Molecular formula: C4H4KNO4S
Molecular weight: 201.24
Acesulfame is an oxathiazinone dioxide. Chemically, it bears some structural resemblance to saccharin. The hydrogen atom on the nitrogen is quite acidic (pKa ~2) and it readily forms salts. The sweetener is sold as the potassium salt.
Acesulfame has a sweet taste; many people experience a bitter-metallic aftertaste (much like saccharin). Its onset of sweetness is rapid. The sweetness potency relative to sucrose is about 200, but depends upon the concentration of sucrose which is being matched. The concentration vs. response relationship in water (results in food systems will vary) is shown below. This graph is based on data from DuBois, Walters, Schiffman, Warwick, Booth, Pecore, Gibes, Carr & Brands in "Sweeteners: Discovery, Molecular Design, and Chemoreception," D.E. Walters et al., Eds., American Chemical Society, 1991. The units of R are percent sucrose equivalent; the units of C are parts per million (ppm).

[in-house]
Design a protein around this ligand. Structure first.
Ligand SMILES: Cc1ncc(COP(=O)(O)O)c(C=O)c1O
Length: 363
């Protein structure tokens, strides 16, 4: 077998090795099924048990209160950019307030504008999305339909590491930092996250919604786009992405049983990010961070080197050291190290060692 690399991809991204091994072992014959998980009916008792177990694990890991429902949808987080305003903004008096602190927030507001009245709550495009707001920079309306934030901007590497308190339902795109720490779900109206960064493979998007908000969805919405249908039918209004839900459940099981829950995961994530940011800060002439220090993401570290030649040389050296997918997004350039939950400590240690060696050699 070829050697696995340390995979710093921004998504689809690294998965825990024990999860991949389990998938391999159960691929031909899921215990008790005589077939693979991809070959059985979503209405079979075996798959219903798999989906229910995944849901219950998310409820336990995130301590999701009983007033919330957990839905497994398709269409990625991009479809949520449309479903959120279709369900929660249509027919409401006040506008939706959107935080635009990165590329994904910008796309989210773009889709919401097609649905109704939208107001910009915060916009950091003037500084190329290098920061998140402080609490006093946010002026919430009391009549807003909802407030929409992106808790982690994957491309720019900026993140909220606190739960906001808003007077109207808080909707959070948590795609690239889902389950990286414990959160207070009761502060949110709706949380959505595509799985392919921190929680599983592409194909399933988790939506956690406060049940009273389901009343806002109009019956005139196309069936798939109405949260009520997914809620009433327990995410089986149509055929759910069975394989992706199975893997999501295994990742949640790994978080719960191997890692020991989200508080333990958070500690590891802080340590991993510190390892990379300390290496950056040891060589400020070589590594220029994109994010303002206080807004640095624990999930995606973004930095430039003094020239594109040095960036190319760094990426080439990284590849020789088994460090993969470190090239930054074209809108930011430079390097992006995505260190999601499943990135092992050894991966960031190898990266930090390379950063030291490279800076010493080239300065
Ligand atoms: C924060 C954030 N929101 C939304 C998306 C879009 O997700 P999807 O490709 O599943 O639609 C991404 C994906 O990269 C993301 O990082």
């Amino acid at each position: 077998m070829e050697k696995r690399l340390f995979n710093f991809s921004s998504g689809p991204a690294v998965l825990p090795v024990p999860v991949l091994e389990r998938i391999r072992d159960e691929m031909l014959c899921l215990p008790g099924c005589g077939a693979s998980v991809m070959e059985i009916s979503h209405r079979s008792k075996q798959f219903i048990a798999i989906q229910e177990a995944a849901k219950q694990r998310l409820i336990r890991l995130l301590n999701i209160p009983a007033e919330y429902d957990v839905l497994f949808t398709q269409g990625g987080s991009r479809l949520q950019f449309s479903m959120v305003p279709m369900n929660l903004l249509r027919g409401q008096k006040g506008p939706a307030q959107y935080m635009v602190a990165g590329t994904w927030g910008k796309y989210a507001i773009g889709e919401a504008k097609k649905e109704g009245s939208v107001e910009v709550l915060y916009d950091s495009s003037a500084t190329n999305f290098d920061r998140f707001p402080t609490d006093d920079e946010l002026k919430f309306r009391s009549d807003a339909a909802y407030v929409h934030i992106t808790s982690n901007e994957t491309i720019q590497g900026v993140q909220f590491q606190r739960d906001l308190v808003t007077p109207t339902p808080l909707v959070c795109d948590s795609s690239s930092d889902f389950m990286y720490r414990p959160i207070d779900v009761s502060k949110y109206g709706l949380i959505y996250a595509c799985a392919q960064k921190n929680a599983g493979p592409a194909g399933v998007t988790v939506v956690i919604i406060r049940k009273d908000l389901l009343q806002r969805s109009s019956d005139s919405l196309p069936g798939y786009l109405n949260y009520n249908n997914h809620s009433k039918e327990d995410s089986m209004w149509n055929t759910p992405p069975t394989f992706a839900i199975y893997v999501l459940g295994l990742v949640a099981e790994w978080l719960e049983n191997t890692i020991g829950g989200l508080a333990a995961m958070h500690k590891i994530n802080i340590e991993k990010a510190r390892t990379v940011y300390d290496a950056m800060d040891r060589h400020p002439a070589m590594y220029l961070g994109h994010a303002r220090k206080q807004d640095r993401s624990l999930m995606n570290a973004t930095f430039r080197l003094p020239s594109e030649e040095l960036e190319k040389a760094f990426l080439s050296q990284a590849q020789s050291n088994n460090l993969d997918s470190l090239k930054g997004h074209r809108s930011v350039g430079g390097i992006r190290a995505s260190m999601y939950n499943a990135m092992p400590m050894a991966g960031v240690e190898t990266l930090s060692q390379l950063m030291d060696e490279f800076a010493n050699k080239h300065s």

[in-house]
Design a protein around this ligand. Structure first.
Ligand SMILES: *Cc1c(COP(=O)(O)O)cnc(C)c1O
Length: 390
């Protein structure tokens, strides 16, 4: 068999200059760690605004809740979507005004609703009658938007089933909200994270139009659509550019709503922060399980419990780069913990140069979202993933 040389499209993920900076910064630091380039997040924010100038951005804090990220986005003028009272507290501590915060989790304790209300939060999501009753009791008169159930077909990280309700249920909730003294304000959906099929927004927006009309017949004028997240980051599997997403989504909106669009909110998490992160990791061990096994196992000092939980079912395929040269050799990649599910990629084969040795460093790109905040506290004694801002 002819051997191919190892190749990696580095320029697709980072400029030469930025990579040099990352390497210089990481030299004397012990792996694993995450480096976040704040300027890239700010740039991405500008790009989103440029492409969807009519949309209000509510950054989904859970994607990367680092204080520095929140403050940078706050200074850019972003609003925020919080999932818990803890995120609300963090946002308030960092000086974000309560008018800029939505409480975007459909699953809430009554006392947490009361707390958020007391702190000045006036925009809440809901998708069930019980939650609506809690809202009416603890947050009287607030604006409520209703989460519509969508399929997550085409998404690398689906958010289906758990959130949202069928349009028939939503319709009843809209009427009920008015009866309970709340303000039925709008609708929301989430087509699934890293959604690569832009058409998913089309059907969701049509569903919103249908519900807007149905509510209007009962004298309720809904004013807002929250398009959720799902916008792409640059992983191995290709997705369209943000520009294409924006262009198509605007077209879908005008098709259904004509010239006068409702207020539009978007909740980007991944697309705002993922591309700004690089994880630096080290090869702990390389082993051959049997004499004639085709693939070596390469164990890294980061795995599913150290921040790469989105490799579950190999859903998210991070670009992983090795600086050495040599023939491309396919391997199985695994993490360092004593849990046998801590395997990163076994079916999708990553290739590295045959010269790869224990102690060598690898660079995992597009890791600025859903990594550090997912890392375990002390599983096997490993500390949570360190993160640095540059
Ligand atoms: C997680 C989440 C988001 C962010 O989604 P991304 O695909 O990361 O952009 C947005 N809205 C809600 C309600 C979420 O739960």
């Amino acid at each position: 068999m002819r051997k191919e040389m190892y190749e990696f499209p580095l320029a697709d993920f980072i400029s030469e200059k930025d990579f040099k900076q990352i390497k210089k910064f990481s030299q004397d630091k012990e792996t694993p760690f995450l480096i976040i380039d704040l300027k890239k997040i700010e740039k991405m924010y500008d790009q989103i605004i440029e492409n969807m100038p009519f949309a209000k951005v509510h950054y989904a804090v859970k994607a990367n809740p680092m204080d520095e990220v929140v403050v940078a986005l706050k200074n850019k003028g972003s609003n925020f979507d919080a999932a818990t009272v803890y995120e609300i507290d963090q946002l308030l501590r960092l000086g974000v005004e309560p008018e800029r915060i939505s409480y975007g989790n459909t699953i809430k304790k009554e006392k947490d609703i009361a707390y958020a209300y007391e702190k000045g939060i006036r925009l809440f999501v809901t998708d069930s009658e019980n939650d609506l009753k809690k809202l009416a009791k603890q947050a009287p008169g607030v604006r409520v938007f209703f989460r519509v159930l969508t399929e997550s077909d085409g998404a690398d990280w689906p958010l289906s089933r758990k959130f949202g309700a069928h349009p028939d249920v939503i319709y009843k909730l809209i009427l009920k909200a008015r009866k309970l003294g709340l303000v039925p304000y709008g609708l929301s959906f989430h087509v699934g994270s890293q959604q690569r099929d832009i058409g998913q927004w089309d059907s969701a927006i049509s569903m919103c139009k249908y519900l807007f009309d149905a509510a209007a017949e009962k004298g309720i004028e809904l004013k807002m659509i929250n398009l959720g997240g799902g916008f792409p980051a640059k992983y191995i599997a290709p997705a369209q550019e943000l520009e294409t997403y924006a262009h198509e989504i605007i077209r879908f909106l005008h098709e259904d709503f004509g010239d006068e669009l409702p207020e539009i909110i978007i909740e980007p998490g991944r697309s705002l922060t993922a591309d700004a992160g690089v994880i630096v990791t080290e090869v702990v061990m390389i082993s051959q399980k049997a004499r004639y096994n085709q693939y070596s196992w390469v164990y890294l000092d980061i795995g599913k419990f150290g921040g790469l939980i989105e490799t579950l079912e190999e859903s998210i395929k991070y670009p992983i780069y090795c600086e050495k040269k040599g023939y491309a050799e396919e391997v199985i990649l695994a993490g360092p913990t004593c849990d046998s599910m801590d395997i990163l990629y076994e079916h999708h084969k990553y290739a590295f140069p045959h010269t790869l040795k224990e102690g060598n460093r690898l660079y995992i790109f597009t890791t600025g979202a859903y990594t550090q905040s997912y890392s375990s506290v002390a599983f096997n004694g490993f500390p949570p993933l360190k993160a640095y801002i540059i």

FDA and JECFA have established an acceptable daily intake (ADI) of 15 mg per kg of body weight for acesulfame-K. This is approximately equivalent to 6 cans of diet soft drink. The European Food Safety Authority has set the ADI at 9 mg per kg of body weight.
Acesulfame was discovered by a chemist, Karl Clauss, in 1967. He noticed a sweet taste when he licked his finger to pick up a piece of paper in the laboratory [Clauss, K.; Jensen, H. Oxathiazinone Dioxides--A New Group of Sweetening Agents. Angew. Chem. Internatl. Ed. Engl. 1973, 12, 869-876].